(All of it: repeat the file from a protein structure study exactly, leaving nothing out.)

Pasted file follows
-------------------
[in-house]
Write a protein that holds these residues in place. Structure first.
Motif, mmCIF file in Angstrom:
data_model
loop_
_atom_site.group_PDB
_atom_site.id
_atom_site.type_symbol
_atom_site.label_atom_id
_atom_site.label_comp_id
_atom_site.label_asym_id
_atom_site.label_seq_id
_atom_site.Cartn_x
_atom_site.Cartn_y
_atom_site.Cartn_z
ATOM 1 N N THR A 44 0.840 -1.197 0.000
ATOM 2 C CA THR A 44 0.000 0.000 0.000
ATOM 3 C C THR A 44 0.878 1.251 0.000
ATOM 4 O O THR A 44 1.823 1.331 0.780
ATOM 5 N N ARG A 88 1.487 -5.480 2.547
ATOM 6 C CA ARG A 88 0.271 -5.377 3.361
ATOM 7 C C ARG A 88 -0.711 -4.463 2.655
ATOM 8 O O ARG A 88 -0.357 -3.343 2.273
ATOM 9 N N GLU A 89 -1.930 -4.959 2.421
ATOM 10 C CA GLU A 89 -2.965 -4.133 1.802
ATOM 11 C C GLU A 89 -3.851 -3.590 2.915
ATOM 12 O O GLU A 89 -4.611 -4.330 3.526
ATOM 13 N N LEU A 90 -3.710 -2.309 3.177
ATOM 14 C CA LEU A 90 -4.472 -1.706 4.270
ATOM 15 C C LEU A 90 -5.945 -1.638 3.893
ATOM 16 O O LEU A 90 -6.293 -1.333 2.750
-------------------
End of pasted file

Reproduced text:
[in-house]
Write a protein that holds these residues in place. Structure first.
Motif, mmCIF file in Angstrom:
data_model
loop_
_atom_site.group_PDB
_atom_site.id
_atom_site.type_symbol
_atom_site.label_atom_id
_atom_site.label_comp_id
_atom_site.label_asym_id
_atom_site.label_seq_id
_atom_site.Cartn_x
_atom_site.Cartn_y
_atom_site.Cartn_z
ATOM 1 N N THR A 44 0.840 -1.197 0.000
ATOM 2 C CA THR A 44 0.000 0.000 0.000
ATOM 3 C C THR A 44 0.878 1.251 0.000
ATOM 4 O O THR A 44 1.823 1.331 0.780
ATOM 5 N N ARG A 88 1.487 -5.480 2.547
ATOM 6 C CA ARG A 88 0.271 -5.377 3.361
ATOM 7 C C ARG A 88 -0.711 -4.463 2.655
ATOM 8 O O ARG A 88 -0.357 -3.343 2.273
ATOM 9 N N GLU A 89 -1.930 -4.959 2.421
ATOM 10 C CA GLU A 89 -2.965 -4.133 1.802
ATOM 11 C C GLU A 89 -3.851 -3.590 2.915
ATOM 12 O O GLU A 89 -4.611 -4.330 3.526
ATOM 13 N N LEU A 90 -3.710 -2.309 3.177
ATOM 14 C CA LEU A 90 -4.472 -1.706 4.270
ATOM 15 C C LEU A 90 -5.945 -1.638 3.893
ATOM 16 O O LEU A 90 -6.293 -1.333 2.750